Okay. Now I'm pissed off. Beloved and I, and the mother-in-law, have discovered by complete accident that there's one place they put sugar, and you'd never suspect it at all.
It seems impossible. How can they add sugar to salt, right? You'd notice, wouldn't you. Well. Not so much.
Rewind to yesterday, we were having what we thought of as a nice, keto friendly broth and veg, and everything seemed to be fine. Until Beloved took their blood sugar reading and revealed it to be a whopping eleven point nine!
Normal humans don't get a reading much above six.
Meanwhile, I wasn't having much fun, either. My feet were swelling. Something they haven't done since I dipped below 90 kilos of weight. My fingers ballooned up and it was very uncomfortable for me to stand or sit.
Mum-in-law was also having trouble staying on Keto. Her ketone levels are rising and improving, but they're still way too low to be in ketogenesis. She'd cut out every kind of carb, she's been eating cheese, making lots of yummy food for herself, and can't figure out how she's still not in ketogenesis.
I was pondering this, too. There was little in our meal that could have spiked Beloved's sugar levels. I spent hours trying to unriddle it.
And then, as it frequently does, it hit me on the way home. The table salt.
I knew, but remembered way too late, that table salt contains an anti-caking agent designed to prevent clumping that can occur in an open-faced shaker. And what do they use, my dear readers? Corn starch. Otherwise known as dextrose.
Dextrose is a monosaccharide. A form of sugar.
So yeah. They put sugar in everything. Even your salt shaker.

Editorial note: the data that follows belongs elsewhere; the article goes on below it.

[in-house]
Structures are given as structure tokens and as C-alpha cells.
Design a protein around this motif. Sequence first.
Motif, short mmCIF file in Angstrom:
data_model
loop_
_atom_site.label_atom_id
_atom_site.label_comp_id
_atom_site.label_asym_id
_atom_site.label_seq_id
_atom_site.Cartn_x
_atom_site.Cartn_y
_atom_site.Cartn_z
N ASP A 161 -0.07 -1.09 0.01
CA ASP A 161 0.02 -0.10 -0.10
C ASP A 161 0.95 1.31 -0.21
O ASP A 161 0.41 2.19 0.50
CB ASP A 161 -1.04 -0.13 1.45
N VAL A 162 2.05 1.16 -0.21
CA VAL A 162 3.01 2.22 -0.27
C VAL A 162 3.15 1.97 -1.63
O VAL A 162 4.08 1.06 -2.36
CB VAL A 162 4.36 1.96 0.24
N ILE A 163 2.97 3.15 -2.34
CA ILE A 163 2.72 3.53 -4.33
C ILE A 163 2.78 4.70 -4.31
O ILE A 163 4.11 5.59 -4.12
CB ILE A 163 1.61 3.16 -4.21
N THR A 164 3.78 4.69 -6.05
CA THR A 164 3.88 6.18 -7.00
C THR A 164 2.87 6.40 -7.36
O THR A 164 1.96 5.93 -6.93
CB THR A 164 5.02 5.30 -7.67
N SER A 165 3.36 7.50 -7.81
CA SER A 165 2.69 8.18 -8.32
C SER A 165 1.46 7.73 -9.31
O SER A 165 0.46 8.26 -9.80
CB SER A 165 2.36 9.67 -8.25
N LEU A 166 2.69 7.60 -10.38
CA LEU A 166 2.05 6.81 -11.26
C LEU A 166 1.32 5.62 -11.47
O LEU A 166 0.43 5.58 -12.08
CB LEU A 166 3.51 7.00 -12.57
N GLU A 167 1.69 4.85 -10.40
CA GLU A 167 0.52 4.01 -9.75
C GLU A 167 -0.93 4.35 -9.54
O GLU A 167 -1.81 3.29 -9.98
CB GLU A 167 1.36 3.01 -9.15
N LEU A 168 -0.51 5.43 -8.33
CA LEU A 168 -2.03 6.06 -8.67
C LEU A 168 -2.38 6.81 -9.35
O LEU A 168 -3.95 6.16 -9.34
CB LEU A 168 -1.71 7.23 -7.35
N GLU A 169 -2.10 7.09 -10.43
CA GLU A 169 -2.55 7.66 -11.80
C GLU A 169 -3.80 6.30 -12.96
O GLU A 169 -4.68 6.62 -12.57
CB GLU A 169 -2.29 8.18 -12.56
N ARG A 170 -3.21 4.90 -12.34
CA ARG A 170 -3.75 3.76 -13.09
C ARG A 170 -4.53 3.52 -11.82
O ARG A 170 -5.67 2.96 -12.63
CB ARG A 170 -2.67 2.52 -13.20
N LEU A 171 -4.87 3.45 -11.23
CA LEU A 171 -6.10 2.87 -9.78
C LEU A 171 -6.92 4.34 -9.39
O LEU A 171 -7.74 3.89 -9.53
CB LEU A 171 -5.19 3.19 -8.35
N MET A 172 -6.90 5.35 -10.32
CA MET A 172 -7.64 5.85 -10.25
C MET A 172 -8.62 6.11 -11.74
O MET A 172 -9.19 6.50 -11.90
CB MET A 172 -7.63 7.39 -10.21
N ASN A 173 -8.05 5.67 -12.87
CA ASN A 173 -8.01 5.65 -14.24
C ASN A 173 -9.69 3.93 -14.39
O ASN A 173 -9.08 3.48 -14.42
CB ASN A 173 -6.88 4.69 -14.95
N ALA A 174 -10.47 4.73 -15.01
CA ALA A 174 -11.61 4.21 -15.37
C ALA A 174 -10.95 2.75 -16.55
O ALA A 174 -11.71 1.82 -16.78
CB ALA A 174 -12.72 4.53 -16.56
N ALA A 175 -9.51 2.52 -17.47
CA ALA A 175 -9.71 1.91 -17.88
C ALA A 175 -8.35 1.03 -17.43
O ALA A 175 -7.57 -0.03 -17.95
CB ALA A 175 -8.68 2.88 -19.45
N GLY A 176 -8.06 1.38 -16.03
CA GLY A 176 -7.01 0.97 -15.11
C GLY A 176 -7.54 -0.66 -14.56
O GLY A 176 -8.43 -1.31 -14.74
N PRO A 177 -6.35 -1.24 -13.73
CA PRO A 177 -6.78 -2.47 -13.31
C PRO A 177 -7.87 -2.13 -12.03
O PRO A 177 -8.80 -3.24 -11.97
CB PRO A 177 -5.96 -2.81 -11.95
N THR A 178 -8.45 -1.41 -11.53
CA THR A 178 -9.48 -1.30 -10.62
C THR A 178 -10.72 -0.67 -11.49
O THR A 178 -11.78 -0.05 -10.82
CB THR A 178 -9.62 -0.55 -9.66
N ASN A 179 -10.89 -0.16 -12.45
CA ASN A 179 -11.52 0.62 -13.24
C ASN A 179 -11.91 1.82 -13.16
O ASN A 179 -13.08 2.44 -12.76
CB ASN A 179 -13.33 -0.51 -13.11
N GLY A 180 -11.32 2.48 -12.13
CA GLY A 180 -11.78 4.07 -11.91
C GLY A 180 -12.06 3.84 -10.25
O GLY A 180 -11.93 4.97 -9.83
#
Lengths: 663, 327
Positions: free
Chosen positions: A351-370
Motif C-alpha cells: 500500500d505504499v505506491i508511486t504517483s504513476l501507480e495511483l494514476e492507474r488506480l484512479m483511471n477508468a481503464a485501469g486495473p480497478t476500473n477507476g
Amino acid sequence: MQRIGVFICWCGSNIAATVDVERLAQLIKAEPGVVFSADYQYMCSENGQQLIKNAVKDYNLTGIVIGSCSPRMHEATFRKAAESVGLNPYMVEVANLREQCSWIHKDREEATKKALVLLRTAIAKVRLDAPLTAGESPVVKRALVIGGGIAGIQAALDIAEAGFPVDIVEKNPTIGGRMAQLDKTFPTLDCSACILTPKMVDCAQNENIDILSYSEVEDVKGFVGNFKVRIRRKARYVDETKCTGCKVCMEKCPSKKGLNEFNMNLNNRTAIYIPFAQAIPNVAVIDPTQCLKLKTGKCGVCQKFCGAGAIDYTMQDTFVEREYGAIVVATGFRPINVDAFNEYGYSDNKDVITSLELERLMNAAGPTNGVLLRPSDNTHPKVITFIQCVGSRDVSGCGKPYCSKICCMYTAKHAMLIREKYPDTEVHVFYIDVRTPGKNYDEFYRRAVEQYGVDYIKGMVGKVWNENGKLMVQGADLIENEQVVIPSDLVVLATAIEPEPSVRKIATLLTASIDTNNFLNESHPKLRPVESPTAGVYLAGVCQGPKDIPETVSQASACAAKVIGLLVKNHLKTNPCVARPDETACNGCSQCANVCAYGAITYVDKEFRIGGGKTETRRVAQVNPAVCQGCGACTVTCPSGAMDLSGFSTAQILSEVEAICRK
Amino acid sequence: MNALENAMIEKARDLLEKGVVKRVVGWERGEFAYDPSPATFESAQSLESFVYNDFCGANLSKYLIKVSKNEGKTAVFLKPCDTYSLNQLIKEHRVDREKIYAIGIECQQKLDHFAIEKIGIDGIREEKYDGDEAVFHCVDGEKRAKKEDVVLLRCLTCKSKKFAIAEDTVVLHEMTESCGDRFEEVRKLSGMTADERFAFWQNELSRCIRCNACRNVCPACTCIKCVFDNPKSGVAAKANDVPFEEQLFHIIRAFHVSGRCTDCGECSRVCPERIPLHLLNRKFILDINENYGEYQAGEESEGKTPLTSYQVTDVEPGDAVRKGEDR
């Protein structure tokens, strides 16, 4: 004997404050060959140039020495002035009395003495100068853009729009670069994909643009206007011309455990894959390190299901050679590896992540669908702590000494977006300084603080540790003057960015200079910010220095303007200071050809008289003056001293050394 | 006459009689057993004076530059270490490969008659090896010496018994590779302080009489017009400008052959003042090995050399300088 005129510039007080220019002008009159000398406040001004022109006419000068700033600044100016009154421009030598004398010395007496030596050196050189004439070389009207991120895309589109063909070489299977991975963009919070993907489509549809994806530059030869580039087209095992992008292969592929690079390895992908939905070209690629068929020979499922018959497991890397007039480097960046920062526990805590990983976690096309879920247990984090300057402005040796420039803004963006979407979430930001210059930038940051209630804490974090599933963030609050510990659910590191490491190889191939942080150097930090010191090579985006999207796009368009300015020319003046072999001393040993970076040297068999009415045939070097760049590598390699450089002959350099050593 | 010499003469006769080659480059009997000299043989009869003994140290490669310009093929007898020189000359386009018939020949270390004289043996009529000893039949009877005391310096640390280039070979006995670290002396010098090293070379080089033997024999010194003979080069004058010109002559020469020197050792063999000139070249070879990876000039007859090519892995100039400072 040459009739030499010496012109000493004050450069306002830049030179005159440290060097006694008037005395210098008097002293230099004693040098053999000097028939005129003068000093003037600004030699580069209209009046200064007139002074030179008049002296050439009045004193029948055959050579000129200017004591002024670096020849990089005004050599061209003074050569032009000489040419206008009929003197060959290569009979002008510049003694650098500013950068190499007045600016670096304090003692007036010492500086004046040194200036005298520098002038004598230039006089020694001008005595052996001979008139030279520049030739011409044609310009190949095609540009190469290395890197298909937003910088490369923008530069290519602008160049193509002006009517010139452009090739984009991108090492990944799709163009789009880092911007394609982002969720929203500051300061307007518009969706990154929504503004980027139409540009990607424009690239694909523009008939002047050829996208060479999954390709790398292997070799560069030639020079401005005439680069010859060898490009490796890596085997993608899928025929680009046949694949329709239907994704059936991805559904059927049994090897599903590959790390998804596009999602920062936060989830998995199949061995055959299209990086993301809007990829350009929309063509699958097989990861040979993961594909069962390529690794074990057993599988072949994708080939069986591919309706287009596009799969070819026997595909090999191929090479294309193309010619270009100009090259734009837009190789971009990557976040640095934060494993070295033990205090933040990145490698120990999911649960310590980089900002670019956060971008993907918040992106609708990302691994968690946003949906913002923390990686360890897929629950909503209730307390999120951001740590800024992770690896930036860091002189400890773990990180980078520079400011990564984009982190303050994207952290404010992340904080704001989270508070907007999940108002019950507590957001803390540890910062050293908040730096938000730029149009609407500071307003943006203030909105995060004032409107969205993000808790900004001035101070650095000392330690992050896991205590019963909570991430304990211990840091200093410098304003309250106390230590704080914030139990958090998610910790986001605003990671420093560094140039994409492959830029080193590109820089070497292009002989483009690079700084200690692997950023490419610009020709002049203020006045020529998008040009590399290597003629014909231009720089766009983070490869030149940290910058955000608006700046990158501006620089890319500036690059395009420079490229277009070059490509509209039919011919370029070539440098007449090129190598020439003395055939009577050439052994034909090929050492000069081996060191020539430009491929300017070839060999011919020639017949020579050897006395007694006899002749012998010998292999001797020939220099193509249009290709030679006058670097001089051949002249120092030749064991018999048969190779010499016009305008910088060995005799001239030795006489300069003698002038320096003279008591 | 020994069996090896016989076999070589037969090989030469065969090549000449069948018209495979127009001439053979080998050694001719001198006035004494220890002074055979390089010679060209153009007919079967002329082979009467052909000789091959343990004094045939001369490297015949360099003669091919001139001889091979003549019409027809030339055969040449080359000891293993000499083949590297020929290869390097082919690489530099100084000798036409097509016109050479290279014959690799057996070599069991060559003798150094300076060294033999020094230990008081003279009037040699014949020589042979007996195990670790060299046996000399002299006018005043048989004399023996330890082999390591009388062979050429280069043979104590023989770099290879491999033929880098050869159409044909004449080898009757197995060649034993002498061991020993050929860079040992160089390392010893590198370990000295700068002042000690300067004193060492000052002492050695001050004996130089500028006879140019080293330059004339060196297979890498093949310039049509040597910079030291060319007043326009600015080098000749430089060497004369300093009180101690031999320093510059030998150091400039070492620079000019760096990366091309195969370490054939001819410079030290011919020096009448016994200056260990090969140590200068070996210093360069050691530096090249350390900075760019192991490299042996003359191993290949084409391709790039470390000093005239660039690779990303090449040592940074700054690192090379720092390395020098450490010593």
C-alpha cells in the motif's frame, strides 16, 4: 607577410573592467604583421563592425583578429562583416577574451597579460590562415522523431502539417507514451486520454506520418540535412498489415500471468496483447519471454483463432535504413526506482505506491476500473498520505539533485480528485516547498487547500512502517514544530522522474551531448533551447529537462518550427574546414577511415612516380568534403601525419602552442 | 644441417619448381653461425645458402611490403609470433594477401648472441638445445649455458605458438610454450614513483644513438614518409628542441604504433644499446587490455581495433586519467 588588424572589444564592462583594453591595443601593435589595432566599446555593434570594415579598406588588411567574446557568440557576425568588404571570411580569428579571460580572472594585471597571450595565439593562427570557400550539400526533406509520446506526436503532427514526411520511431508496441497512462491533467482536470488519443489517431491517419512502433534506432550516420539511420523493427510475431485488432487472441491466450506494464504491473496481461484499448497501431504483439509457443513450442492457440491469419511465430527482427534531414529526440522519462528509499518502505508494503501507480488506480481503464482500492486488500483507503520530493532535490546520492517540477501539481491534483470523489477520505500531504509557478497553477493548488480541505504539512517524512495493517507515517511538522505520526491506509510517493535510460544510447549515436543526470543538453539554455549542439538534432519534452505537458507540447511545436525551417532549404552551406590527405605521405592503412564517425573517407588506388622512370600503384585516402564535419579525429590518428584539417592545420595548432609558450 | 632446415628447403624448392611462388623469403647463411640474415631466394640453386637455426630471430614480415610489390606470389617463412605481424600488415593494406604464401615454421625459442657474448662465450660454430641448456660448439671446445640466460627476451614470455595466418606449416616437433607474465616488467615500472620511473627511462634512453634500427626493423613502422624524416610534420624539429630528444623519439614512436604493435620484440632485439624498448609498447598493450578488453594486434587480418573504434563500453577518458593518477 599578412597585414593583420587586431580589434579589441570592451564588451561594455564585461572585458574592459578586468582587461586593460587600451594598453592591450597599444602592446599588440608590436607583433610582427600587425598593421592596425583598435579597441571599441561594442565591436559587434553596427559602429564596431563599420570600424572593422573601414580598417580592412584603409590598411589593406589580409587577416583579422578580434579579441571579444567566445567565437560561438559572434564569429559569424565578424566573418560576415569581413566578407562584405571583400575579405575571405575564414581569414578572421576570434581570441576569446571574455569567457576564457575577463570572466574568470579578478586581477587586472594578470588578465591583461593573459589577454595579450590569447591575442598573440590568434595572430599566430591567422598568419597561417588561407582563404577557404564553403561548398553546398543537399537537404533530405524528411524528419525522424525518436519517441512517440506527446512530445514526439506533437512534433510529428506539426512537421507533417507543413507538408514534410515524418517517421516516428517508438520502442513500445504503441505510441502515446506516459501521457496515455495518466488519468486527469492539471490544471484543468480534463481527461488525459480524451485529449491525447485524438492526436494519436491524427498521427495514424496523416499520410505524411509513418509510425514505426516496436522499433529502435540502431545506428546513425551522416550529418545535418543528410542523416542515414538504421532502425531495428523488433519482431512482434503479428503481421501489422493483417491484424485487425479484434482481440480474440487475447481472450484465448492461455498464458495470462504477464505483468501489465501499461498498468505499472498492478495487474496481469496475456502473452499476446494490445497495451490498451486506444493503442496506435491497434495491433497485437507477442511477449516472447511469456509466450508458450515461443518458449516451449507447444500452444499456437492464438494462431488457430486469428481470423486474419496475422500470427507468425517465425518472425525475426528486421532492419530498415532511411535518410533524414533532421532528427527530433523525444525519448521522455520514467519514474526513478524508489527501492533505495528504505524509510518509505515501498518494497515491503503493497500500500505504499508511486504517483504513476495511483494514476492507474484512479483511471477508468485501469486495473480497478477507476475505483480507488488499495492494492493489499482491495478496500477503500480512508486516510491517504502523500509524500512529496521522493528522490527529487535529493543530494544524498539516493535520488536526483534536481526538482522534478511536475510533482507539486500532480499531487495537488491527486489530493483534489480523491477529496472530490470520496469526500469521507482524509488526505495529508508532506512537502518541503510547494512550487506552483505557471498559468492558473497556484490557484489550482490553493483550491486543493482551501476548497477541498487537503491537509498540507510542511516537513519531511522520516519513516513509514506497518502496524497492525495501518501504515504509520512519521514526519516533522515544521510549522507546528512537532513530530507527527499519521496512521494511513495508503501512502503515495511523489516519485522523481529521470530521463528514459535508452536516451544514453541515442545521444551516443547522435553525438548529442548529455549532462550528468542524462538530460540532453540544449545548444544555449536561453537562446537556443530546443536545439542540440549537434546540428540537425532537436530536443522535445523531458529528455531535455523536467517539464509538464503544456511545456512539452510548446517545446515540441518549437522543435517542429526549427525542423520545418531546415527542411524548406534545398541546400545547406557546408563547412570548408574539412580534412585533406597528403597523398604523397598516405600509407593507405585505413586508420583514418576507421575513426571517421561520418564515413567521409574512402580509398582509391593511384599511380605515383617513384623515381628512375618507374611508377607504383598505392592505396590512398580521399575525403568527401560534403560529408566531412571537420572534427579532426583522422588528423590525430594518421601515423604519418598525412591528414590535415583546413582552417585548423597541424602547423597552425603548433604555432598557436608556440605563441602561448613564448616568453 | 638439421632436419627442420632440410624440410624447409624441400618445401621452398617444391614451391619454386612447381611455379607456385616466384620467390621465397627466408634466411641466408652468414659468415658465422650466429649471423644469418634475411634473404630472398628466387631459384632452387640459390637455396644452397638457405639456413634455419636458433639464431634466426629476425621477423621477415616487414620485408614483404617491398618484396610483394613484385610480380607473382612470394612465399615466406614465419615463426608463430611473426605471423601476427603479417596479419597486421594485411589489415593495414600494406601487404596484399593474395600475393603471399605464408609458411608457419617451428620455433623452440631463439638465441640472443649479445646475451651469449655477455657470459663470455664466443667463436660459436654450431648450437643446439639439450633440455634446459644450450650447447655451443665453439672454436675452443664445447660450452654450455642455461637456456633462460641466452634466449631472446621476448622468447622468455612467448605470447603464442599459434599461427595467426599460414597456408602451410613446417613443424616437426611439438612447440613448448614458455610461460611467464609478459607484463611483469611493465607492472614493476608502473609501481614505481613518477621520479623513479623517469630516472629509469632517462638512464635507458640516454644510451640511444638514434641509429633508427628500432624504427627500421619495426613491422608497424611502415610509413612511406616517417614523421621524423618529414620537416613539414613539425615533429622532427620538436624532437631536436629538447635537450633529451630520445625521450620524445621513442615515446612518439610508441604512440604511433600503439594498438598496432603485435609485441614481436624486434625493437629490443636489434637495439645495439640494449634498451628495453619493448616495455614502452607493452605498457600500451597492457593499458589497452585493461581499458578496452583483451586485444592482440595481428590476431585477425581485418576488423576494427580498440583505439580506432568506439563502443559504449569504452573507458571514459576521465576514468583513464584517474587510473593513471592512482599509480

In a proper, balanced diet, you don't need iodine, because you're already getting plenty from other sources. Therefore, you don't really need iodized salt. Heck, I've been using cooking salt and ground rock salt for years and I never had the faintest sign of a goiter.
On to other news - My Health!
I have recovered a mobility that I haven't seen in twenty years or more. I can run up and down staircases.
For years, I've had arthritic deposits in my knees. I've had crackling since I was sixteen and difficulty with stairs since my mid-twenties.
It's such a firkin joy to do that again that I do it every chance I get. No more wheezing waddling up and down the wheelchair access ramp. I can zip up the stairs licketty split. I love it so much it makes me laugh.
There's still stiffness in my right knee and a little bit of crackling when I sit down, but it's no longer painful to get up and down.
Hell, I'm even doing elementary yoga poses in my computer chair. It's lovely.
I'm not sure what I reacted to, yesterday. Beloved hypothesised that it could easily also be the kale in the soup. What I do know is that I had an asthma flare-up this morning, and swelling for the remainder of the previous evening.
So, today, when I break my fast and have some nibbles, it shall contain a couple of kale leaves, fried lightly in butter, and drizzled with more butter and cream cheese. A nice Keto meal. And since I now own egg-poaching pouches, you can bet I'll wanna try them. If the same swelling happens post-kale, I will know it's yet another food to avoid. If the swelling doesn't happen, I can point solidly towards the other variable in the equation, the sudden encounter with dextrose.
I don't think I've had table salt since 2014... so a sudden reaction seems to be in order, given the length of deprivation.
Into family matters - MeMum has seen what I had to say about GP's and instantly wants to back out of our deal for me to talk to hers. Science or not. I've been spending the past week rehearsing about it already and I have solid plans to remain civil and curious. I have some snappy comebacks stored if the doctor gets snarky [Them: "Are you a dietician?" Me: "Are you?"] and some educational info if they get confused. Confusion is easy because the wheat/corn conglomerates want it that way.
I am a writer. I research things for fun.
Cue evil laughter.